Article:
The pelvis plays an important role as a mediator of sagittal balance in humans, and the sacrum is the junction which transfers loads from the spine to the lower extremity13. The anatomical characteristics of the sacrum must allow for the maintenance of bipedal posture as well as dynamic movements with minimal energy expenditure14. A more curved sacrum is considered to be a distinctive feature of homo sapiens15, 16, and sacral curvature is minimal in tailed mammals and human infants, but increases with age in humans until reaches its skeletal maturity17. As pelvic incidence has also been reported to develop and change in a similar manner during human growth, which is thought as a result of erect posture and linked with numerous spinopelvic pathologies18, 19, thus it’s natural to relate the sacral curvature to PI together. There has been many reports showing that global sacral kyphosis correlates closely with increasing lumbosacral translation, sacral horizontal angle, lumbar lordosis, and lumbar index6. However, because of deficiencies in the conventional radiographic examination, the sacrum, acetabulum and hips were not included on spine radiograph in patients with lumbar spine disorders, and the association between pelvic incidence and sacral morphology is largely unknown.
As a parameter of the sagittal spine profile, pelvic incidence describes the angulation of the sacrum in the pelvis in relation to the hip joints, and influences force transmission thus has been associated with spondylolisthesis. Abola et al. 10 measured 120 cadaveric samples and found that a more curved sacrum, decreased sacral-ala width, and a more linear SI joint were related to an increased pelvic incidence. However, we only found a weak correlation between sacrum curvature (SCA) and PI by the correlation coefficient analysis, and further regression analysis were not able to confirm the significance. Rather than the sacrum curvature, morphological parameters of S1: S1I, SSVA1 and STA were found to be significantly correlated to PI. Morphological parameters of other sacral segments were also included in this study, but none of them were correlated to PI either.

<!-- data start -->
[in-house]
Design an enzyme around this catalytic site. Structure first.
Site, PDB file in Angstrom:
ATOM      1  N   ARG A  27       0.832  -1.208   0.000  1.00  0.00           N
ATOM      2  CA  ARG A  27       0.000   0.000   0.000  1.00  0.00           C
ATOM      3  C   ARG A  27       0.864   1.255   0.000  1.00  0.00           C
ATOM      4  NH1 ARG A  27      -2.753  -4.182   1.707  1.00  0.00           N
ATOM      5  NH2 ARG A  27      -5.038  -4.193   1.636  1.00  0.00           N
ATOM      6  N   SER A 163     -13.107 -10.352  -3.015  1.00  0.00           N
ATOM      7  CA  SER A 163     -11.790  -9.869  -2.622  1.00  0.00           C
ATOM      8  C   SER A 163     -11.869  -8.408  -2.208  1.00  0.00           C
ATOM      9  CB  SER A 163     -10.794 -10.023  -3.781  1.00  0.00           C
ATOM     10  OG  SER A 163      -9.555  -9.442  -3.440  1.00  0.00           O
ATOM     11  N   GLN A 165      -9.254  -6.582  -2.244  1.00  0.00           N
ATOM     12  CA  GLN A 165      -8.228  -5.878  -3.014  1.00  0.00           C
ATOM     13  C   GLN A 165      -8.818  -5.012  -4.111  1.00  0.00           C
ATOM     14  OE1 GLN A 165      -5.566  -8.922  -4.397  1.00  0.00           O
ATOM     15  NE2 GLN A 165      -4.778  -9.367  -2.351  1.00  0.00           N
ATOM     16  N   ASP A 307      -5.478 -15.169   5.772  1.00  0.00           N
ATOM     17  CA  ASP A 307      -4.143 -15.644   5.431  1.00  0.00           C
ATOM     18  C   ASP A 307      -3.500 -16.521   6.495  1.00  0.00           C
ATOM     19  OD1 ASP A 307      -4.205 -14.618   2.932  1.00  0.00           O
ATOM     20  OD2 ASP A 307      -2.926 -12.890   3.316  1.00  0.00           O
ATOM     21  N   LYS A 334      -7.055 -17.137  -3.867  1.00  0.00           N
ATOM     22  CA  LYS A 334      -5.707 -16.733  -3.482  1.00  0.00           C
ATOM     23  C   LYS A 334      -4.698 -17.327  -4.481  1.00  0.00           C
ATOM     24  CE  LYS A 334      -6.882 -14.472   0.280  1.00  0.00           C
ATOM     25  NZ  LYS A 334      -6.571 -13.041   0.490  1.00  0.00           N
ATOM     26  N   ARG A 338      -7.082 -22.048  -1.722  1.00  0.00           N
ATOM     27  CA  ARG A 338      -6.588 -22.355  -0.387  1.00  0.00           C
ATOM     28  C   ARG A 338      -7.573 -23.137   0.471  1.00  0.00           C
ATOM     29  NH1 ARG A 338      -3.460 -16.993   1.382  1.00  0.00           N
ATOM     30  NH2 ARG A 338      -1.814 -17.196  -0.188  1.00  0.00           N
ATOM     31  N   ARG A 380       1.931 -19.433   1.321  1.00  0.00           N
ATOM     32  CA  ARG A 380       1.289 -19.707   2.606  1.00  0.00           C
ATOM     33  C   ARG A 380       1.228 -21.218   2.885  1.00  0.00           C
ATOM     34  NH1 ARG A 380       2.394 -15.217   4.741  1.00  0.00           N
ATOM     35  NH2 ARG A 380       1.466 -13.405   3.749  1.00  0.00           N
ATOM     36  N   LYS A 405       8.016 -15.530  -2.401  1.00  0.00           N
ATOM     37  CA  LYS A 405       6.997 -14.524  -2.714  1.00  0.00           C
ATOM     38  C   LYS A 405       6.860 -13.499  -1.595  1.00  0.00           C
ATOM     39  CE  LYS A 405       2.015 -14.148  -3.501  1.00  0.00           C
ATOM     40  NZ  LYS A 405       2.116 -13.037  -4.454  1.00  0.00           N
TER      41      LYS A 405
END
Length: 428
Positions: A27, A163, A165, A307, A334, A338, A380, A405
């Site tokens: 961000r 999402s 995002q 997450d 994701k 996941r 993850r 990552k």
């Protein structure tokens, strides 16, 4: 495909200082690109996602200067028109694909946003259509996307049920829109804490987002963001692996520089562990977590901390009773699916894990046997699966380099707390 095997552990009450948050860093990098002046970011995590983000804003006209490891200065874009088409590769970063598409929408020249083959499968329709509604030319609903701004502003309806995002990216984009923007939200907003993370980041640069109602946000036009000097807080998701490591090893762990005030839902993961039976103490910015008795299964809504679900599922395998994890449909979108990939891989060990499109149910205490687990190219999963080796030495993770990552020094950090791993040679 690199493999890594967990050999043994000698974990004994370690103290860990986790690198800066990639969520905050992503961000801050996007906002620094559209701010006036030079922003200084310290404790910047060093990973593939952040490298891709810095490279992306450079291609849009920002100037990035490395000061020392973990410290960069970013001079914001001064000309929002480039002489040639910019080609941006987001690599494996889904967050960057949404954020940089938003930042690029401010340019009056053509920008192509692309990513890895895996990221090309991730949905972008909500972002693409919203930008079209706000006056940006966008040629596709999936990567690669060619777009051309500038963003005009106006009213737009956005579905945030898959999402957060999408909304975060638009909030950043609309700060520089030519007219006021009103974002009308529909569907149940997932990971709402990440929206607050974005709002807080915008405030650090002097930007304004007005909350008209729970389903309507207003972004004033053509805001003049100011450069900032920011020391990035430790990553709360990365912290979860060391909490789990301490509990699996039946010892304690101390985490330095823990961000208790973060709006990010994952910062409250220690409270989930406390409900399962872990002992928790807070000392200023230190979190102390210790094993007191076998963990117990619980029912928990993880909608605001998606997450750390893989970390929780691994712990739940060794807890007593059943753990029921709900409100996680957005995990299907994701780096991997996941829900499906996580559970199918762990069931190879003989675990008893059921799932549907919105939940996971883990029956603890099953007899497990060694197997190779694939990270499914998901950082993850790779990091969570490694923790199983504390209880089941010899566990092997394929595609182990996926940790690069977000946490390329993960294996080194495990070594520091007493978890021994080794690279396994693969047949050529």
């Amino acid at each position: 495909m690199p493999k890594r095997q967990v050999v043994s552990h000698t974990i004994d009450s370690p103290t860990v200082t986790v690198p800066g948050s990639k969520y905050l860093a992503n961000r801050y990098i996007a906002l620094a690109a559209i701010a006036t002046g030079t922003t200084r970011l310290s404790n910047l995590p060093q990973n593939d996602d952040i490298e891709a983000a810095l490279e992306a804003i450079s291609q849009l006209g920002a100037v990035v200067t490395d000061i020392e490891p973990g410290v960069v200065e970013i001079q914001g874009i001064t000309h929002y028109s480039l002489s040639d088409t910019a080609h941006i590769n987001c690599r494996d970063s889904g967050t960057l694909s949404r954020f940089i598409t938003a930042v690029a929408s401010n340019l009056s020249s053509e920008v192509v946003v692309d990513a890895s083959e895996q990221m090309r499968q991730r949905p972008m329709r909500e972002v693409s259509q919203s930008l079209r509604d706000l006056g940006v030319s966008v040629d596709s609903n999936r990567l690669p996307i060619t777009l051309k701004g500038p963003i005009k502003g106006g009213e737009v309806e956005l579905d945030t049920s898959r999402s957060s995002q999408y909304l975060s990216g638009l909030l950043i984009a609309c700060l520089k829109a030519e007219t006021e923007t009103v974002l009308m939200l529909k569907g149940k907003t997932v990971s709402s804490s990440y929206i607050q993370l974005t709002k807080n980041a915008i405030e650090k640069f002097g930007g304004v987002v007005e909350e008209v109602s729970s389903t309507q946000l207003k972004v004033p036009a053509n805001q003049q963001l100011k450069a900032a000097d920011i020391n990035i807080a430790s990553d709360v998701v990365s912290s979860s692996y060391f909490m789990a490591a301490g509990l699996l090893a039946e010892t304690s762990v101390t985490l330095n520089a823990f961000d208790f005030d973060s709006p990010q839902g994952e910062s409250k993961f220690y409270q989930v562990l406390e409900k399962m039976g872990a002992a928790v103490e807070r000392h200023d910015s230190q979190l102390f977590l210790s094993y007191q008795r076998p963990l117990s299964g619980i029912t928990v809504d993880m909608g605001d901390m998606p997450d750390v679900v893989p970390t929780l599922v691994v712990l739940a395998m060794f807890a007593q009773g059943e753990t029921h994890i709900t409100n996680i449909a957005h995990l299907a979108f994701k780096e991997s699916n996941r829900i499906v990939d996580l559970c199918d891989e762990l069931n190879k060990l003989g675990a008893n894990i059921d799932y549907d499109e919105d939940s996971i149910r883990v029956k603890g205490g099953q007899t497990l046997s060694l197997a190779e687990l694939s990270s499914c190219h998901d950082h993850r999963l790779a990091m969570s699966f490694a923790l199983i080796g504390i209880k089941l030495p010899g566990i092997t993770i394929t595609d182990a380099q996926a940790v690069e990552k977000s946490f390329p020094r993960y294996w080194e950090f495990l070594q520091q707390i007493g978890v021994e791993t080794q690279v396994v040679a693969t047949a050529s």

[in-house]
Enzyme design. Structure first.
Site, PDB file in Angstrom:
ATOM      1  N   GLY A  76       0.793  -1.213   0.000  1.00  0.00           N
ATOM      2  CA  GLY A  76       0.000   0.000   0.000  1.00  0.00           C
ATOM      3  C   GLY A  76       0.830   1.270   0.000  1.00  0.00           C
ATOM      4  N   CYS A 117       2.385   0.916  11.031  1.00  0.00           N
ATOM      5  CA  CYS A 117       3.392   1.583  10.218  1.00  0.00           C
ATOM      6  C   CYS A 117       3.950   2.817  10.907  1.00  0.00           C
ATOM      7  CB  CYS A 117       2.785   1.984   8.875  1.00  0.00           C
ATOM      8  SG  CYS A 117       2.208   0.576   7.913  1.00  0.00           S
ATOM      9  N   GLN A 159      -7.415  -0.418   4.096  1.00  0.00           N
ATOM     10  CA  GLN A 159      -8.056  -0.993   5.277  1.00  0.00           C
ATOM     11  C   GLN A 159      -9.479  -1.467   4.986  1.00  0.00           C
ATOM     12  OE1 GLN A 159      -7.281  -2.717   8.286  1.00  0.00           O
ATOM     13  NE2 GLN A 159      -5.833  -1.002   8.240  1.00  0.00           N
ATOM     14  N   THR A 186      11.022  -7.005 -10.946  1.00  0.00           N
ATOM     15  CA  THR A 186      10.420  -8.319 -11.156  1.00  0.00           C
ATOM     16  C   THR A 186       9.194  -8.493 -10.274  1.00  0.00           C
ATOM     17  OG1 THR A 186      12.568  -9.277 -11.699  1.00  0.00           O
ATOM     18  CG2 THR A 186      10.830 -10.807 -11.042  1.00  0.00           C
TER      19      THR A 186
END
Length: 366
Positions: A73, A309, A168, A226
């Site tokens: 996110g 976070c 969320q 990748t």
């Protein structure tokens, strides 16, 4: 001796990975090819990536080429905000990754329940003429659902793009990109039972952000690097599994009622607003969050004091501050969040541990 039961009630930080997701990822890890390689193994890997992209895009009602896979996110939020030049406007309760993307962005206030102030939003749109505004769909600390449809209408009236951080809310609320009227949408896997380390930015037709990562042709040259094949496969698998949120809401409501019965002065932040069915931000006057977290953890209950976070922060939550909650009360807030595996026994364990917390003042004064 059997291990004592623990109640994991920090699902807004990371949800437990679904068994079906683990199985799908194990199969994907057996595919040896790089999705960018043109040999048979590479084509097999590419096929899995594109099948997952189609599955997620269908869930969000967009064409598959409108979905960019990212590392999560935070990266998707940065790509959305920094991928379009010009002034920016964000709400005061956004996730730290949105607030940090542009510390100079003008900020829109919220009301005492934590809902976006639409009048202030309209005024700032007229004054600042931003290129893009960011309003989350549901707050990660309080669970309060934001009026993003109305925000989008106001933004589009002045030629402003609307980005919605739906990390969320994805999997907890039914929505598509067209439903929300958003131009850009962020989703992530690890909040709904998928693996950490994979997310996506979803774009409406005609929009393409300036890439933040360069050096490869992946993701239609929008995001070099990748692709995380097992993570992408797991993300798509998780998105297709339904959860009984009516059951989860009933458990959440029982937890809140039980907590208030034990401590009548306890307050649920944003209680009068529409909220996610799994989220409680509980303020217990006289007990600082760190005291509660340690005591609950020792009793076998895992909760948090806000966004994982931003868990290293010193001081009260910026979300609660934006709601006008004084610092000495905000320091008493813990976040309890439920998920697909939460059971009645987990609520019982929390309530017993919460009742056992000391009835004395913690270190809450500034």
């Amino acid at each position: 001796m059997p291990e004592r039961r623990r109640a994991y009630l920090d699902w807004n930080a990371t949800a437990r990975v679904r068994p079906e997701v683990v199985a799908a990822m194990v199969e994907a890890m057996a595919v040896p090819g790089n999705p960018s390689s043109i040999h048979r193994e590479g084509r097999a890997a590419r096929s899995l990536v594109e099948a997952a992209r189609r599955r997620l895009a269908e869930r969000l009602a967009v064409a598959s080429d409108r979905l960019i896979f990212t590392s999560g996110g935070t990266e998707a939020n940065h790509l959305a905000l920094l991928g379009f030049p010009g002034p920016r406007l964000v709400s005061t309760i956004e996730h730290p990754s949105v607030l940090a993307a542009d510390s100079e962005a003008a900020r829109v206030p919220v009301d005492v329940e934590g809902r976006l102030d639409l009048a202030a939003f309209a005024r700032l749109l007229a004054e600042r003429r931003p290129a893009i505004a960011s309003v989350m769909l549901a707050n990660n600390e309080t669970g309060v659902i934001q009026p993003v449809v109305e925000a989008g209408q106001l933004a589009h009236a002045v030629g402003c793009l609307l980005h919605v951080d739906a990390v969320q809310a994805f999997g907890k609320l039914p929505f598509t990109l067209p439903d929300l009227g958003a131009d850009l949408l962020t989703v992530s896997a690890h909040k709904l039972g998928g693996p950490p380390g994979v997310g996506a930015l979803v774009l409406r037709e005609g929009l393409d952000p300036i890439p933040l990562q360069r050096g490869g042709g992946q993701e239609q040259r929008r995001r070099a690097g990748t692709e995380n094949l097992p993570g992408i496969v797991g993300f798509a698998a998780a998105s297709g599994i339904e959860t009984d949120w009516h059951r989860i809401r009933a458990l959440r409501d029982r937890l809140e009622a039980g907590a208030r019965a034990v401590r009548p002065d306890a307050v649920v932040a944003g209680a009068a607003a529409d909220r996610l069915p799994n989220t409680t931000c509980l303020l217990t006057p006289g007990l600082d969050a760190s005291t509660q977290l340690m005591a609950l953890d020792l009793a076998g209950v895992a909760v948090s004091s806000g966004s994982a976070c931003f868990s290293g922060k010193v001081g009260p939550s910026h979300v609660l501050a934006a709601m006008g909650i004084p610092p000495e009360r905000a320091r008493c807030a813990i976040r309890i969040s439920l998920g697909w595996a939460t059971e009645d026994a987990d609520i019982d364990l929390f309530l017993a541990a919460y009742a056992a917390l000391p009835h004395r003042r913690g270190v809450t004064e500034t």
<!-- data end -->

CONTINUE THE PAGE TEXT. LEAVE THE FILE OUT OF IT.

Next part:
STA is an anatomical parameter describing S1 rather than the curve of the sacrum. Inoue et al.20 identified STA as a key anatomical sacral parameter in patients with spondylolisthesis. Compared to the control group, Wang et al. 21 revealed a significant decrease in STA in patients with L5-S1 spondylolisthesis, and that the slip grade is related to the decrease in STA. Whitesides et al. 22 indicated that STA may play a more important role than PI in the etiology of spondylolisthesis. We confirmed that STA is negatively correlated with PI, which corroborate the previous findings and may serve as an explanation. For patients with high-grade spondylolisthesis, whose sacral endplate is always dome shaped, PI can be difficult to measure12, 23. The newly suggested parameter (S1I) may have great potential in defining the shape of the sacrum as well as the sagittal balance of the spine and may serve as an indirect parameter for the prediction of PI. However, more work is needed to validate the reliability of this new method.
Previously, two methods have been reported in the literature to measure, one using the standard Cobb angle method and the other with the Ferguson technique. Because the anterior and posterior aspects of the sacrum often appear eroded in spondylolisthesis, the Ferguson method has been thought more reliable than the Cobb method. Even so, manual tracing of standing lateral radiograph still have inherent error and flaws, and reconstructed computed tomography scans would have given more information24. In this study, we introduced a new circle fitting method based on the morphology of S1, S2, S3 to simulate the sacral curvature, and three parameters: SCA, SAL and SAR were used to describe the curvature of sacrum. Since SI joint involves primarily the first three sacral vertebra and does not involve the last two sacral vertebra which curve is highly variable, we did not include S4 or S5. ICC analysis confirmed that this method has satisfactory intraobserver and interobserver reliabilities.